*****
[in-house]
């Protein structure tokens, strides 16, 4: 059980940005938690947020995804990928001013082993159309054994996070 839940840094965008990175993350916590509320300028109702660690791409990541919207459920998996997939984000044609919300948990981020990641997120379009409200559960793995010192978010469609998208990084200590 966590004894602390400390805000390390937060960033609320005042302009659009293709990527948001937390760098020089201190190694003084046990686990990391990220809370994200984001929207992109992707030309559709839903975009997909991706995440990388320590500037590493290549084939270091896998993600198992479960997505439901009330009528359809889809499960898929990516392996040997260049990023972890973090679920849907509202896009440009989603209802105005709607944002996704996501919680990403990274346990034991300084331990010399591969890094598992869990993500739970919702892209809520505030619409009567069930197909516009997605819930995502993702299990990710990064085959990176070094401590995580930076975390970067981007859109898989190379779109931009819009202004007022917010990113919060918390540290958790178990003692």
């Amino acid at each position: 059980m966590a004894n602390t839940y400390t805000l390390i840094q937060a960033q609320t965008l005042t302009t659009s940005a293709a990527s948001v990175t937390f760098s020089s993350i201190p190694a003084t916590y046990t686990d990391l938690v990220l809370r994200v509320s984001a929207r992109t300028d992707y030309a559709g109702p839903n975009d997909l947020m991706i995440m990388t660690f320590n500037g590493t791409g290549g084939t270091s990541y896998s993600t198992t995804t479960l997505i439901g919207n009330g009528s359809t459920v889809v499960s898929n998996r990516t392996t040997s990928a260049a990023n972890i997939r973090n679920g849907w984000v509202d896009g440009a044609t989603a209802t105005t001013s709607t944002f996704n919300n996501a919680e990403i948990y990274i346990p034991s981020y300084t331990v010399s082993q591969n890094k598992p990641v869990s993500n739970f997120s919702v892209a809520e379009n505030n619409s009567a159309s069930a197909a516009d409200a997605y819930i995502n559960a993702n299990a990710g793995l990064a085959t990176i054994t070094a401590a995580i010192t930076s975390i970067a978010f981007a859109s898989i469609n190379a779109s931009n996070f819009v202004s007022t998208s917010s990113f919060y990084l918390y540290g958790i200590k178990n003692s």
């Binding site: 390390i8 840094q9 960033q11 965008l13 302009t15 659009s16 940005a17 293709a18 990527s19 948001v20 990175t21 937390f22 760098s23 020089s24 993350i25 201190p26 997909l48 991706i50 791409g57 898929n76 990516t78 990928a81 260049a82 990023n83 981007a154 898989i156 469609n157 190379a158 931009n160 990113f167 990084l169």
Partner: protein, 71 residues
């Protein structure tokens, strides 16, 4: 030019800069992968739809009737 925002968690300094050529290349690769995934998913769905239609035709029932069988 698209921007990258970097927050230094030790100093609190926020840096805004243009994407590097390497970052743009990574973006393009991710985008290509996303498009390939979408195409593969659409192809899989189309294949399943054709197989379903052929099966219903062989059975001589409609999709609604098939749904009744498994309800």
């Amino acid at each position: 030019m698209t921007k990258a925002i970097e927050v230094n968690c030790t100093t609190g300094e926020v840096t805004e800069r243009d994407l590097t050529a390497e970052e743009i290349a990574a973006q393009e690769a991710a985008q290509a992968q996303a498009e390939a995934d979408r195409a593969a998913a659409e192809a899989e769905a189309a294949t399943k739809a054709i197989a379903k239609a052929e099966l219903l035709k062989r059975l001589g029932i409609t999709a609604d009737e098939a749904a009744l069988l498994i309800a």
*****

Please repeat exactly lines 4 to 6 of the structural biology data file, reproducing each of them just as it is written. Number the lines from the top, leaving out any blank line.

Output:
């Binding site: 390390i8 840094q9 960033q11 965008l13 302009t15 659009s16 940005a17 293709a18 990527s19 948001v20 990175t21 937390f22 760098s23 020089s24 993350i25 201190p26 997909l48 991706i50 791409g57 898929n76 990516t78 990928a81 260049a82 990023n83 981007a154 898989i156 469609n157 190379a158 931009n160 990113f167 990084l169």
Partner: protein, 71 residues
């Protein structure tokens, strides 16, 4: 030019800069992968739809009737 925002968690300094050529290349690769995934998913769905239609035709029932069988 698209921007990258970097927050230094030790100093609190926020840096805004243009994407590097390497970052743009990574973006393009991710985008290509996303498009390939979408195409593969659409192809899989189309294949399943054709197989379903052929099966219903062989059975001589409609999709609604098939749904009744498994309800």